Friday, February 8, 2008

CPS loses appeal: Supreme Court denies review in case from Harris County, finding no error by Houston court of appeals

In its only opinion issued today, the Texas Supreme Court resolves issue regarding managing conservatorship of children in cases in which termination of the parent's rights was reversed on appeal and no independent grounds were proven to support appointment of CPS (DFPS) as managing conservator. The Court denies the Department's petitions for review on a finding that the First Court of Appeals' reversal of the appointment order, along with the termination, was proper. Colbert v. DFPS (Tex. App. - Houston [1st Dist.] Dec. 21. 2007, pet.). Several cases involving multiple children of the same mother were consolidated and decided in a single per curiam opinion. Justice Jennings had witten a separate opinion in the court of appeals.

In the Interest of D.N.C., a Child, No. 07-0621 (Tex. Feb 8, 2008) (CPS suits, termination of parental rights)
from Harris County; 1st district (01‑04‑01232‑CV, 227 S.W.3d 799, 12‑21‑06)


In these five cases, the Department of Family and Protective Services sought termination of Ericka Shanette Colbert’s parental rights to her seven children, T.J.C., T.D.C., D.N.C., T.L.J., T.B.J., E.D.C., and J.D.M. The trial court found that Colbert had endangered her children and terminated Colbert’s parental rights under section 161.001(1)(D) of the Family Code. Making no additional findings, the trial court appointed the Department of Family and Protective Services as the children’s managing conservator.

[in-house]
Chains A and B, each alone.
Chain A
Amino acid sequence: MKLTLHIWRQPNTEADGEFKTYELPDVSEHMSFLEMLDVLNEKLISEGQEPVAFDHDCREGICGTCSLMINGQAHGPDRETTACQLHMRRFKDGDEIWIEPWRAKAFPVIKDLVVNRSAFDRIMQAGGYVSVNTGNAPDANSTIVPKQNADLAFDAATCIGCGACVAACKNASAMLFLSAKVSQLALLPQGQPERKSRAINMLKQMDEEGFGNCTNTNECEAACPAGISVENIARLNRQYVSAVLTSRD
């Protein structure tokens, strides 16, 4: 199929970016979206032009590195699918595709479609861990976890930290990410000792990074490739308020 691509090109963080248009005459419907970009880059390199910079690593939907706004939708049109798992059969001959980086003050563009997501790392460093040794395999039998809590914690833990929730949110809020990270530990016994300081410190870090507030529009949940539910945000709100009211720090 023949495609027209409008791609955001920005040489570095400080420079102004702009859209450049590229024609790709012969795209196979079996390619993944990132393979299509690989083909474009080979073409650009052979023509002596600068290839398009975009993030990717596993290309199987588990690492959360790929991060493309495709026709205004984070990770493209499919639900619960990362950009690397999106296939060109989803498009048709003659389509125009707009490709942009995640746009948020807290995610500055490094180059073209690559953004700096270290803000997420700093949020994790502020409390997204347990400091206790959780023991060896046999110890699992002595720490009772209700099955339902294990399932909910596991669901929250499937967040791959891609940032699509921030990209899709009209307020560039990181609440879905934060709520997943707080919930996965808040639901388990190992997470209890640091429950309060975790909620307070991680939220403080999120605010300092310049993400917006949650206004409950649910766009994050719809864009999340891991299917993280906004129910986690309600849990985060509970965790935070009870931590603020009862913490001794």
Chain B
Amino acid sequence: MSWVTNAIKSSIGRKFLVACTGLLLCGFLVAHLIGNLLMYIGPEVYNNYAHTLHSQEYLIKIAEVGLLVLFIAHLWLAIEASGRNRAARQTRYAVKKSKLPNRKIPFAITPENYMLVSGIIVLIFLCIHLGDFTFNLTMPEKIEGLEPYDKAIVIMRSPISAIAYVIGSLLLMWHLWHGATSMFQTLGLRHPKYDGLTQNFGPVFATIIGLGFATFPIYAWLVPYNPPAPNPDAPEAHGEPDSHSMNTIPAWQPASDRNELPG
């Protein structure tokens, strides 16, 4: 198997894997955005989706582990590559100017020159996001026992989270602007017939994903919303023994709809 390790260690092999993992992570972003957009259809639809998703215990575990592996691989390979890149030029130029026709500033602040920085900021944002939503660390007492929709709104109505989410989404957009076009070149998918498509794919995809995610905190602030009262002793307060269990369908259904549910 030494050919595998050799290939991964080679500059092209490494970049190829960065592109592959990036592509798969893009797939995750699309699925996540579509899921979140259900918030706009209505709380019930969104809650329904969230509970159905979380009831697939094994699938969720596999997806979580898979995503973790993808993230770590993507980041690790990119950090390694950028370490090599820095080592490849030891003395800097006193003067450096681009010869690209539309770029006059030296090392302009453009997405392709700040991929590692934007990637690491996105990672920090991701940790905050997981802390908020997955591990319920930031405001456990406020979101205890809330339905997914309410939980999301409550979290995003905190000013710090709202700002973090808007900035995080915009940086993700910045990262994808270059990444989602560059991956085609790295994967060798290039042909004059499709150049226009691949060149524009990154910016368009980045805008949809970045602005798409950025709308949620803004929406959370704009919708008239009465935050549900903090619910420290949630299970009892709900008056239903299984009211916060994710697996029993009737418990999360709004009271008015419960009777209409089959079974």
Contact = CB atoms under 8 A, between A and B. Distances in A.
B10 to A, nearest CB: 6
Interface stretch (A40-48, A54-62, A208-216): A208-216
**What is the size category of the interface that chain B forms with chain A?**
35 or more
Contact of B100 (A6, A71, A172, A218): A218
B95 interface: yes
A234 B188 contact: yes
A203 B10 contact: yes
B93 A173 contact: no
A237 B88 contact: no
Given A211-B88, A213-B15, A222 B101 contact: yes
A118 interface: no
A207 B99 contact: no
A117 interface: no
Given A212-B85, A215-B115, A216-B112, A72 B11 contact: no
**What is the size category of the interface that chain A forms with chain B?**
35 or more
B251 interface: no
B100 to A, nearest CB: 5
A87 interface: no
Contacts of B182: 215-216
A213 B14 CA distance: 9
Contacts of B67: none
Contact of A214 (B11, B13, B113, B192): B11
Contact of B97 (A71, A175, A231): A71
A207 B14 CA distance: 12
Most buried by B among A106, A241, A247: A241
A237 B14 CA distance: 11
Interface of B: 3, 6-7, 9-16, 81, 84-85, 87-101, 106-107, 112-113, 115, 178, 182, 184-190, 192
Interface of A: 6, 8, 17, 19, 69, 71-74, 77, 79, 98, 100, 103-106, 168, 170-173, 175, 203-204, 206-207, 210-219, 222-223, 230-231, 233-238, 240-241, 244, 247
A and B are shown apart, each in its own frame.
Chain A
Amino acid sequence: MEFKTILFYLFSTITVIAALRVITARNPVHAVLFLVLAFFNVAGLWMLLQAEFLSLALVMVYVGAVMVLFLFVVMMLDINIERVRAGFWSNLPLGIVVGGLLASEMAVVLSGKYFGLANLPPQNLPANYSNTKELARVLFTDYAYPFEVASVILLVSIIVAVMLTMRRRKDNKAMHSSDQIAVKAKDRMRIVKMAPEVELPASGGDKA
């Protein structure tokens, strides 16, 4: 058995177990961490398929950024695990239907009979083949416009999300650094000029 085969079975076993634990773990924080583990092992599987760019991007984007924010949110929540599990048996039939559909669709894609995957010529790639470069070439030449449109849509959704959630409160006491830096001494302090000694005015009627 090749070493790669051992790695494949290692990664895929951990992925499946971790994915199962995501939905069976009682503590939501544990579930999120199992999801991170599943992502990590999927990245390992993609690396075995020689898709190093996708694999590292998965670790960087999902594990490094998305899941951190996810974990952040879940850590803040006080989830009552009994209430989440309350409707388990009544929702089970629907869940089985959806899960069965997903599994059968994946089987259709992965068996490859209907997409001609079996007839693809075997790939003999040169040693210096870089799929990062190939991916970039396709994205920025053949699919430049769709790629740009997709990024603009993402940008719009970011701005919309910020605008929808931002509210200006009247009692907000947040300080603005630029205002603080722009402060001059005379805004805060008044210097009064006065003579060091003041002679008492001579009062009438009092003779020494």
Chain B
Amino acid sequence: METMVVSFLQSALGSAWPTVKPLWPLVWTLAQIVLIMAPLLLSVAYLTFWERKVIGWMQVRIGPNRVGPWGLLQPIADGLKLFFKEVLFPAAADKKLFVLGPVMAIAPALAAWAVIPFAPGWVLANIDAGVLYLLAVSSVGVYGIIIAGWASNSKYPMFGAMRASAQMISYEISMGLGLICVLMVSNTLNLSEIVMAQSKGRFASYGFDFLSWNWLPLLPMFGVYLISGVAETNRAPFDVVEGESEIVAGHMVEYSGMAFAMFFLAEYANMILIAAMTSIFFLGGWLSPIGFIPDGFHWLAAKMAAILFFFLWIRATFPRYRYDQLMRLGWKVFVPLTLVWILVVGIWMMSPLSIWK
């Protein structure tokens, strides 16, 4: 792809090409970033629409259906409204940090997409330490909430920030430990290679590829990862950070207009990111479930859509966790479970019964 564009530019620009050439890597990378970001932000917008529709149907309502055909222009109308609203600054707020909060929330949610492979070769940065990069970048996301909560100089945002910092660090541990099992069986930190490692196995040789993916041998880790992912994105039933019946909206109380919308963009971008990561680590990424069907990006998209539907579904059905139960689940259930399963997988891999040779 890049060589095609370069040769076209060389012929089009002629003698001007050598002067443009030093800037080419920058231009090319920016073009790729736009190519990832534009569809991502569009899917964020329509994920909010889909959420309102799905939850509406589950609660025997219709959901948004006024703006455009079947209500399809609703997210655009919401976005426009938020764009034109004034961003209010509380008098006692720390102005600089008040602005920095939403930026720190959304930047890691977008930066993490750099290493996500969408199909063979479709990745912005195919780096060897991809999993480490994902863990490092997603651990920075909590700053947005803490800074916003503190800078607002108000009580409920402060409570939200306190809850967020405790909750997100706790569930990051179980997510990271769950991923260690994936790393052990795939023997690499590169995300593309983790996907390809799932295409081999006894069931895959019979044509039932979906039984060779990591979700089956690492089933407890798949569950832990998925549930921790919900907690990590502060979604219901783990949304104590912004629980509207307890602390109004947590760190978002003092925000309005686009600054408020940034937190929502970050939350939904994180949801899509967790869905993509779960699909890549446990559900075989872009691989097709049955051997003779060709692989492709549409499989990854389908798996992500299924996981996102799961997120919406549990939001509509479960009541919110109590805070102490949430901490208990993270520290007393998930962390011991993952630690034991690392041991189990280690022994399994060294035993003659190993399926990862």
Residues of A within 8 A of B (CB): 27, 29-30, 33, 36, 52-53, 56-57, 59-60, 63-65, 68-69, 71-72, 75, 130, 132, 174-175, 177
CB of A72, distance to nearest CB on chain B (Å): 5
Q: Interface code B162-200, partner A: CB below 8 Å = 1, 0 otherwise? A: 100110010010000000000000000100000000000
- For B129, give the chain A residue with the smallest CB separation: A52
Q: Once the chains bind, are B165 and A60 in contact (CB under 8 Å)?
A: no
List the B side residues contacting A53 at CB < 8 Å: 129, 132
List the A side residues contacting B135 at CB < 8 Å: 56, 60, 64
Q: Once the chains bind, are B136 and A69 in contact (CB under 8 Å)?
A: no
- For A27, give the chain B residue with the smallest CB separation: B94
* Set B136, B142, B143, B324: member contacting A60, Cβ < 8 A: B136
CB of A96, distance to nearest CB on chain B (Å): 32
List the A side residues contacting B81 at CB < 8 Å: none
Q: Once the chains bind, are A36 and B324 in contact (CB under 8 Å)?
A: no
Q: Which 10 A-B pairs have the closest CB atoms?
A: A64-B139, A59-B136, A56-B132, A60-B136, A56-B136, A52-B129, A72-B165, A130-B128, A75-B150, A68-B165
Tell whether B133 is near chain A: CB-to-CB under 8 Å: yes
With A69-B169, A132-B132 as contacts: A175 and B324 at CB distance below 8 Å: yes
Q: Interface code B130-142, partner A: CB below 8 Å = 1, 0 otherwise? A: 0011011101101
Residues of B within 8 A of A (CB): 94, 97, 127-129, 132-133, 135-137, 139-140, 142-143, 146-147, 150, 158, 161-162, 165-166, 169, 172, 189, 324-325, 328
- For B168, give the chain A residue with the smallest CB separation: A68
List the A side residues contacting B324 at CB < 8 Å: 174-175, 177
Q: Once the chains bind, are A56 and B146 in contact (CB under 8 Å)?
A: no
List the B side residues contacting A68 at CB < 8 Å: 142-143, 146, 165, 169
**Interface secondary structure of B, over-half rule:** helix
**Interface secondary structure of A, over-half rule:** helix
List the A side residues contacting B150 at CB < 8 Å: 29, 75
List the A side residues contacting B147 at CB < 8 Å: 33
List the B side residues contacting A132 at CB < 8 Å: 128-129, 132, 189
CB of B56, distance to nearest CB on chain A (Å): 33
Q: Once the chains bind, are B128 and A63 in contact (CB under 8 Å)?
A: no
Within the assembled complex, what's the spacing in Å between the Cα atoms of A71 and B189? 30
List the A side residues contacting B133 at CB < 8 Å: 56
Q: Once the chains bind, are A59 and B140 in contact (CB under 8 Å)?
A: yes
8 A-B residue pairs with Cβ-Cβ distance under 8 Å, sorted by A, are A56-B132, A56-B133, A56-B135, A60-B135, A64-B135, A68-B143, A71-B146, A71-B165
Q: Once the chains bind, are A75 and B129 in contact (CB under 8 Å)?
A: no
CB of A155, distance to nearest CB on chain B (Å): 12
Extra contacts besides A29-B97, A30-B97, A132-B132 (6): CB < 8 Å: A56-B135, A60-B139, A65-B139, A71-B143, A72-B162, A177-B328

On appeal, Colbert challenged the sufficiency of the evidence to support the termination order, but she did not separately challenge appointment of the Department as the children’s managing conservator. The court of appeals reversed the termination order on factual insufficiency grounds, and also reversed the trial court’s conservatorship appointment. 227 S.W.3d 799, 816. The court reasoned that no findings had been made under Family Code section 153.131[1] that would independently support the conservatorship order, and thus the Department’s appointment was solely the consequence of the trial court’s termination decision under Family Code section 161.207[2] and had to be reversed as well. Id.

The Department here contends reversal of the conservatorship order was erroneous under our recent decision in In the Interest of J.A.J., ___ S.W.3d ___ (Tex. 2007). In J.A.J., however, the Department requested conservatorship pursuant to Family Code section 153.131 and the trial court made the specific findings that the statute requires: that appointment of a parent as J.A.J.’s managing conservator would not be in his best interest because it would significantly impair his physical health or emotional development, and that appointment of the Department was in J.A.J.’s best interest. Id. at ___. In light of these findings, we emphasized that the differing elements and standards of review applied to conservatorship and termination orders required separate challenges on appeal. Id. at ___. In this case, by comparison, the only available statutory mechanism for the Department’s appointment was as a consequence of the termination pursuant to section 161.207. See Tex. Fam. Code § 161.207. Accordingly, J.A.J. does not apply, and Colbert’s challenge to the conservatorship appointment was subsumed in her appeal of the parental-rights termination order.

The Department’s petition for reviews are denied.

Opinion Delivered: February 8, 2008

[1] Section 153.131 creates a presumption of managing conservatorship in favor of a parent or parents unless the court finds that such appointment “would not be in the best interest of the child because the appointment would significantly impair the child’s physical health or emotional development.” Tex. Fam. Code § 153.131(a). A finding of a history of family violence involving a child’s parents removes the presumption that appointment of the child’s parents is in the child’s best interest. Id. § 153.131(b).

[2] Section 161.207, entitled “Appointment of Managing Conservator on Termination,” provides that the court shall appoint a suitable managing conservator “[i]f the court terminates the parent-child relationship with respect to both parents or to the only living parent.” Tex. Fam. Code § 161.207(a).

No comments: